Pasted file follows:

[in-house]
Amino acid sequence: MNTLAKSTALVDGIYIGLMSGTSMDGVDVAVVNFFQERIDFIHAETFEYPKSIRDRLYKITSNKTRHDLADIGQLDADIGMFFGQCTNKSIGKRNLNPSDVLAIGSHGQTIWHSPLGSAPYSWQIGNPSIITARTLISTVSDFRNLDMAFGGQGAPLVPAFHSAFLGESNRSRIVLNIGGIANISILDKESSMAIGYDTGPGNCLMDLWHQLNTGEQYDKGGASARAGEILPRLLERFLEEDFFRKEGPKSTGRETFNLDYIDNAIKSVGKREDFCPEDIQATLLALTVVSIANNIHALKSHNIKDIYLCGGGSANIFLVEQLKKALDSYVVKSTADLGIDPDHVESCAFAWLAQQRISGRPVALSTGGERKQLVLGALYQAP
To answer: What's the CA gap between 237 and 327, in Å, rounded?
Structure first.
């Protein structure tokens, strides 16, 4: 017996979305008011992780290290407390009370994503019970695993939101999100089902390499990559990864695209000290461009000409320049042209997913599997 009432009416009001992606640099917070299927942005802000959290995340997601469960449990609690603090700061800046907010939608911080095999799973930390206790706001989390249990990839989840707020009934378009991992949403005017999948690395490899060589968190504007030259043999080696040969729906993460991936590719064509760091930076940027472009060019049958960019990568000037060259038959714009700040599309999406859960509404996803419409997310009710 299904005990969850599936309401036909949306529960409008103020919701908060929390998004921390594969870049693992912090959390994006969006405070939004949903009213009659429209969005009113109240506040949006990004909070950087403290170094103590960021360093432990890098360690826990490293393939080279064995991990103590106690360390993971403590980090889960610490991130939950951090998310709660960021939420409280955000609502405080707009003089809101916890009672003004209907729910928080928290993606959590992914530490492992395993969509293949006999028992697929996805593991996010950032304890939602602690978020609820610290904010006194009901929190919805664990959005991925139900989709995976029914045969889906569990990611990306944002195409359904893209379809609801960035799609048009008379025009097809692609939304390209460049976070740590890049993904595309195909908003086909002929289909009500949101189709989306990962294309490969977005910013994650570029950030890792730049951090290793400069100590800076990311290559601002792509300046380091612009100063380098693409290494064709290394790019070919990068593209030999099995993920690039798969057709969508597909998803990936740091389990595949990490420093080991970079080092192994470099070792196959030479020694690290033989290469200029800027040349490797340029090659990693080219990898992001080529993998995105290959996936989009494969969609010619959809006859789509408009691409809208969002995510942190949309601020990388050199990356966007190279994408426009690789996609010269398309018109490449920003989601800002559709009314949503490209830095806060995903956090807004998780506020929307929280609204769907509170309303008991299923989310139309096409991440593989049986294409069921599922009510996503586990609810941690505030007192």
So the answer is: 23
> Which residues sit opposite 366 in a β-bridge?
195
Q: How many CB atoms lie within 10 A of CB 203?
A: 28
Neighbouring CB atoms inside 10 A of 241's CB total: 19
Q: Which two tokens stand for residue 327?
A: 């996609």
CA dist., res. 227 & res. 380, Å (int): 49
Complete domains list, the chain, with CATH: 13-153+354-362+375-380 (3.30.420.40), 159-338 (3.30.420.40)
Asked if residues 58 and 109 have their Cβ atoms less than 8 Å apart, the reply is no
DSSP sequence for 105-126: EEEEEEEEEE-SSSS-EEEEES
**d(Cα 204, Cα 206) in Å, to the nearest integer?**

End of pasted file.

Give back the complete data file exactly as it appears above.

[in-house]
Amino acid sequence: MNTLAKSTALVDGIYIGLMSGTSMDGVDVAVVNFFQERIDFIHAETFEYPKSIRDRLYKITSNKTRHDLADIGQLDADIGMFFGQCTNKSIGKRNLNPSDVLAIGSHGQTIWHSPLGSAPYSWQIGNPSIITARTLISTVSDFRNLDMAFGGQGAPLVPAFHSAFLGESNRSRIVLNIGGIANISILDKESSMAIGYDTGPGNCLMDLWHQLNTGEQYDKGGASARAGEILPRLLERFLEEDFFRKEGPKSTGRETFNLDYIDNAIKSVGKREDFCPEDIQATLLALTVVSIANNIHALKSHNIKDIYLCGGGSANIFLVEQLKKALDSYVVKSTADLGIDPDHVESCAFAWLAQQRISGRPVALSTGGERKQLVLGALYQAP
To answer: What's the CA gap between 237 and 327, in Å, rounded?
Structure first.
């Protein structure tokens, strides 16, 4: 017996979305008011992780290290407390009370994503019970695993939101999100089902390499990559990864695209000290461009000409320049042209997913599997 009432009416009001992606640099917070299927942005802000959290995340997601469960449990609690603090700061800046907010939608911080095999799973930390206790706001989390249990990839989840707020009934378009991992949403005017999948690395490899060589968190504007030259043999080696040969729906993460991936590719064509760091930076940027472009060019049958960019990568000037060259038959714009700040599309999406859960509404996803419409997310009710 299904005990969850599936309401036909949306529960409008103020919701908060929390998004921390594969870049693992912090959390994006969006405070939004949903009213009659429209969005009113109240506040949006990004909070950087403290170094103590960021360093432990890098360690826990490293393939080279064995991990103590106690360390993971403590980090889960610490991130939950951090998310709660960021939420409280955000609502405080707009003089809101916890009672003004209907729910928080928290993606959590992914530490492992395993969509293949006999028992697929996805593991996010950032304890939602602690978020609820610290904010006194009901929190919805664990959005991925139900989709995976029914045969889906569990990611990306944002195409359904893209379809609801960035799609048009008379025009097809692609939304390209460049976070740590890049993904595309195909908003086909002929289909009500949101189709989306990962294309490969977005910013994650570029950030890792730049951090290793400069100590800076990311290559601002792509300046380091612009100063380098693409290494064709290394790019070919990068593209030999099995993920690039798969057709969508597909998803990936740091389990595949990490420093080991970079080092192994470099070792196959030479020694690290033989290469200029800027040349490797340029090659990693080219990898992001080529993998995105290959996936989009494969969609010619959809006859789509408009691409809208969002995510942190949309601020990388050199990356966007190279994408426009690789996609010269398309018109490449920003989601800002559709009314949503490209830095806060995903956090807004998780506020929307929280609204769907509170309303008991299923989310139309096409991440593989049986294409069921599922009510996503586990609810941690505030007192």
So the answer is: 23
> Which residues sit opposite 366 in a β-bridge?
195
Q: How many CB atoms lie within 10 A of CB 203?
A: 28
Neighbouring CB atoms inside 10 A of 241's CB total: 19
Q: Which two tokens stand for residue 327?
A: 């996609």
CA dist., res. 227 & res. 380, Å (int): 49
Complete domains list, the chain, with CATH: 13-153+354-362+375-380 (3.30.420.40), 159-338 (3.30.420.40)
Asked if residues 58 and 109 have their Cβ atoms less than 8 Å apart, the reply is no
DSSP sequence for 105-126: EEEEEEEEEE-SSSS-EEEEES
**d(Cα 204, Cα 206) in Å, to the nearest integer?**